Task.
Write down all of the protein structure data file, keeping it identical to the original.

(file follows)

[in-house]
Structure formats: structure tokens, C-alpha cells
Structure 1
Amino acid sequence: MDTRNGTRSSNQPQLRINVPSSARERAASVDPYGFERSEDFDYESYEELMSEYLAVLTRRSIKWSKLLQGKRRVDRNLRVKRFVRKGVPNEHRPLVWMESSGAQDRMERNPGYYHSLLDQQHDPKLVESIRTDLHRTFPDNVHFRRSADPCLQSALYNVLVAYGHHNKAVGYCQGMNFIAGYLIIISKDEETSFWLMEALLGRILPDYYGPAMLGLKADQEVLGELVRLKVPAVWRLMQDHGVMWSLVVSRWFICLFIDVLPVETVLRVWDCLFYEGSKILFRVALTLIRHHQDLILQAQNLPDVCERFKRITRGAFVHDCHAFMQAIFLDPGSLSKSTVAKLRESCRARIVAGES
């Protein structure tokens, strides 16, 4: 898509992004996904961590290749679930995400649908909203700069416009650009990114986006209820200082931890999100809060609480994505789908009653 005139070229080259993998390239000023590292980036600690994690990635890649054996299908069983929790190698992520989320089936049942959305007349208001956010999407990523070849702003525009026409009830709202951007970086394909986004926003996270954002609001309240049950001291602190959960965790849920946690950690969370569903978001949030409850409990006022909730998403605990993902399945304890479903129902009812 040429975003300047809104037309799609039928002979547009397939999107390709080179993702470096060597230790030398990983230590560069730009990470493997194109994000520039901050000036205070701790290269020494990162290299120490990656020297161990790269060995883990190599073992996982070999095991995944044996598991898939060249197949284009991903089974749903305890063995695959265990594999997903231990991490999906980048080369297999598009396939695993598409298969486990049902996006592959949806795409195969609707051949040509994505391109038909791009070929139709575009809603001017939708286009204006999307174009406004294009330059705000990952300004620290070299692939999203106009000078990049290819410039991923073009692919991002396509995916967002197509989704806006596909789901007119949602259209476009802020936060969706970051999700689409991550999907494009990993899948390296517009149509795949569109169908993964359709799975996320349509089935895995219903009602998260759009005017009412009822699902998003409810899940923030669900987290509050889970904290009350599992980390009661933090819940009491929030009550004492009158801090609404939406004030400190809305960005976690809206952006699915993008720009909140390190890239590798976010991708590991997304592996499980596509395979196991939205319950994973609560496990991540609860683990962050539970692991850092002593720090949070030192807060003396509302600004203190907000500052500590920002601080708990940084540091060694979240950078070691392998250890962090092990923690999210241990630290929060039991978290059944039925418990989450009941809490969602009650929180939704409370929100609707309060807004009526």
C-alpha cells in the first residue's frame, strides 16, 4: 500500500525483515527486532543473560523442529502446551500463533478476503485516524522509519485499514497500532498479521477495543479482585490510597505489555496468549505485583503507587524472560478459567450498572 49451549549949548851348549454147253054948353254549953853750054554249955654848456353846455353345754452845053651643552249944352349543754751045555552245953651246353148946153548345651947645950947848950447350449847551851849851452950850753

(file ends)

[in-house]
Structure formats: structure tokens, C-alpha cells
Structure 1
Amino acid sequence: MDTRNGTRSSNQPQLRINVPSSARERAASVDPYGFERSEDFDYESYEELMSEYLAVLTRRSIKWSKLLQGKRRVDRNLRVKRFVRKGVPNEHRPLVWMESSGAQDRMERNPGYYHSLLDQQHDPKLVESIRTDLHRTFPDNVHFRRSADPCLQSALYNVLVAYGHHNKAVGYCQGMNFIAGYLIIISKDEETSFWLMEALLGRILPDYYGPAMLGLKADQEVLGELVRLKVPAVWRLMQDHGVMWSLVVSRWFICLFIDVLPVETVLRVWDCLFYEGSKILFRVALTLIRHHQDLILQAQNLPDVCERFKRITRGAFVHDCHAFMQAIFLDPGSLSKSTVAKLRESCRARIVAGES
């Protein structure tokens, strides 16, 4: 898509992004996904961590290749679930995400649908909203700069416009650009990114986006209820200082931890999100809060609480994505789908009653 005139070229080259993998390239000023590292980036600690994690990635890649054996299908069983929790190698992520989320089936049942959305007349208001956010999407990523070849702003525009026409009830709202951007970086394909986004926003996270954002609001309240049950001291602190959960965790849920946690950690969370569903978001949030409850409990006022909730998403605990993902399945304890479903129902009812 040429975003300047809104037309799609039928002979547009397939999107390709080179993702470096060597230790030398990983230590560069730009990470493997194109994000520039901050000036205070701790290269020494990162290299120490990656020297161990790269060995883990190599073992996982070999095991995944044996598991898939060249197949284009991903089974749903305890063995695959265990594999997903231990991490999906980048080369297999598009396939695993598409298969486990049902996006592959949806795409195969609707051949040509994505391109038909791009070929139709575009809603001017939708286009204006999307174009406004294009330059705000990952300004620290070299692939999203106009000078990049290819410039991923073009692919991002396509995916967002197509989704806006596909789901007119949602259209476009802020936060969706970051999700689409991550999907494009990993899948390296517009149509795949569109169908993964359709799975996320349509089935895995219903009602998260759009005017009412009822699902998003409810899940923030669900987290509050889970904290009350599992980390009661933090819940009491929030009550004492009158801090609404939406004030400190809305960005976690809206952006699915993008720009909140390190890239590798976010991708590991997304592996499980596509395979196991939205319950994973609560496990991540609860683990962050539970692991850092002593720090949070030192807060003396509302600004203190907000500052500590920002601080708990940084540091060694979240950078070691392998250890962090092990923690999210241990630290929060039991978290059944039925418990989450009941809490969602009650929180939704409370929100609707309060807004009526």
C-alpha cells in the first residue's frame, strides 16, 4: 500500500525483515527486532543473560523442529502446551500463533478476503485516524522509519485499514497500532498479521477495543479482585490510597505489555496468549505485583503507587524472560478459567450498572 49451549549949548851348549454147253054948353254549953853750054554249955654848456353846455353345754452845053651643552249944352349543754751045555552245953651246353148946153548345651947645950947848950447350449847551851849851452950850753